Tuesday

16th Apr 2024

Political battles risk paralysing new EU parliament

  • 'The debate will be between pro-European and anti-Europeans' (Photo: europarl.europa.eu)

With the rise of euroscepticism on both the political left and right, simply retaining the current level of European integration during the next EP mandate will be a victory, says a veteran Brussels-based EU lobbyist.

Thomas Tindemans, head of Hill&Knowlton in Brussels, suggests that the changes in the next parliament will be such that previously technical discussions on legislation could be replaced by ideological disagreements on fundamental EU principles.

Read and decide

Join EUobserver today

Get the EU news that really matters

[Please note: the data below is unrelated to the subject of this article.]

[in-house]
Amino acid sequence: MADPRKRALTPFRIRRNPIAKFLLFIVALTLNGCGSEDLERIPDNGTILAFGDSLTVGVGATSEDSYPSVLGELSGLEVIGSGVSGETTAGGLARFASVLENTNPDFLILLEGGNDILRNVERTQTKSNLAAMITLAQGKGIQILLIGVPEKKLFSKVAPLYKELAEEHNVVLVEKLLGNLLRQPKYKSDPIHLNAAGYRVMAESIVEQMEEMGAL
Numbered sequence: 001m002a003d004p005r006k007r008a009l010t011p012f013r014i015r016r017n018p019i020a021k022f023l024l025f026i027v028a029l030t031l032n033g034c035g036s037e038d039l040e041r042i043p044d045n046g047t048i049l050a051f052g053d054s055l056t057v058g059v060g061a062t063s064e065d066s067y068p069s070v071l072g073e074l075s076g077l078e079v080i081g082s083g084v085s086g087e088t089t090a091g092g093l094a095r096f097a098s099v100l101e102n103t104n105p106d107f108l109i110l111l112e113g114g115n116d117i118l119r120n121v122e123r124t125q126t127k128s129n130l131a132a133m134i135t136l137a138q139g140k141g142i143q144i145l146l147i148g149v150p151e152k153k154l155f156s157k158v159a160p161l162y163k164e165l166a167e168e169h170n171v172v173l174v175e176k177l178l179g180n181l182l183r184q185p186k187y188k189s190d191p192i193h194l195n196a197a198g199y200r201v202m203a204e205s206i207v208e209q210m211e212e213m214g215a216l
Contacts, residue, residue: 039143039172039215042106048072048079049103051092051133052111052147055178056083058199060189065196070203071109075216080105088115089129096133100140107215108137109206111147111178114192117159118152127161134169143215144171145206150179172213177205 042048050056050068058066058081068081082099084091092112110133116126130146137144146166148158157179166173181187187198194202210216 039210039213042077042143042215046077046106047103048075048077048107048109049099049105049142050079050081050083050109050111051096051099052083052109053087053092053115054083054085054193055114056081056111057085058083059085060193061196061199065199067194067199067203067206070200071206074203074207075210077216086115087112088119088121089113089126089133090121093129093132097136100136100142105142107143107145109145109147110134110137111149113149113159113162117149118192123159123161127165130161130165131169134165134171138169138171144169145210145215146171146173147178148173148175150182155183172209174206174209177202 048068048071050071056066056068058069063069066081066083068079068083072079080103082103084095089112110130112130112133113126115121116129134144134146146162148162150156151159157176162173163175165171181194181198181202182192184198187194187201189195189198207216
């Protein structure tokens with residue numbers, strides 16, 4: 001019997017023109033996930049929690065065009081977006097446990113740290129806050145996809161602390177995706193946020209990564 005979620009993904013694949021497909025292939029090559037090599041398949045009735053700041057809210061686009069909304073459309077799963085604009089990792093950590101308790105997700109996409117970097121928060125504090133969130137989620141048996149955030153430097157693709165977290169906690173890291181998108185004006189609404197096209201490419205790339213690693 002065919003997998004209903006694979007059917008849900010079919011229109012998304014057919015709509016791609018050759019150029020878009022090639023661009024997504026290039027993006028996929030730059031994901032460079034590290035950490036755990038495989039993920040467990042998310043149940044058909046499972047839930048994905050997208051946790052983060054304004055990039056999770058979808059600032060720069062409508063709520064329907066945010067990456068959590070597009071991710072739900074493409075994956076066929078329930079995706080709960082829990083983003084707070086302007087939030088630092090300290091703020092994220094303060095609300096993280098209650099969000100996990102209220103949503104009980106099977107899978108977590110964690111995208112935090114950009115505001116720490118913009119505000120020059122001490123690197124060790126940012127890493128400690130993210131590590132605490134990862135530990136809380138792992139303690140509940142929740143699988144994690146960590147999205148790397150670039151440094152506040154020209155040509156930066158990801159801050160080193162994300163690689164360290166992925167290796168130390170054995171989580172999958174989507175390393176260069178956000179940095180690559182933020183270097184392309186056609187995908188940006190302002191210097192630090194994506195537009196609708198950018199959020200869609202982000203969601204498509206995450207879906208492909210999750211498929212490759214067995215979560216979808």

Instant access to all articles — and 20 years of archives. 14-day free trial.

... or subscribe as a group

Noting that both extremes of the political spectrum are "fundamentally against the EU", Tindemans says: "If they can form important groups, if they can get rapporteurs, committee presidencies then you'll have a whole other debate."

"Instead of the mostly technical work now, you'll have a debate where fundamental principles are put into question: against the internal market or free movement, in favour of protectionism," says Tindemans, who has worked as a lobbyist for over two decades.

"So, if during the next [five year] mandate we manage to keep the integration we have now, that will already be a victory."

Looking ahead to the next European Parliament, where finding majorities for proposals is expected to be more difficult, Tindemans, a Belgian national, says the key question will be whether "the big parties co-operate sufficiently, or whether populism will prevail".

He reckons the new political contours of the parliament will mean that the centre-right EPP and the centre-left S&D will be "doomed to join forces".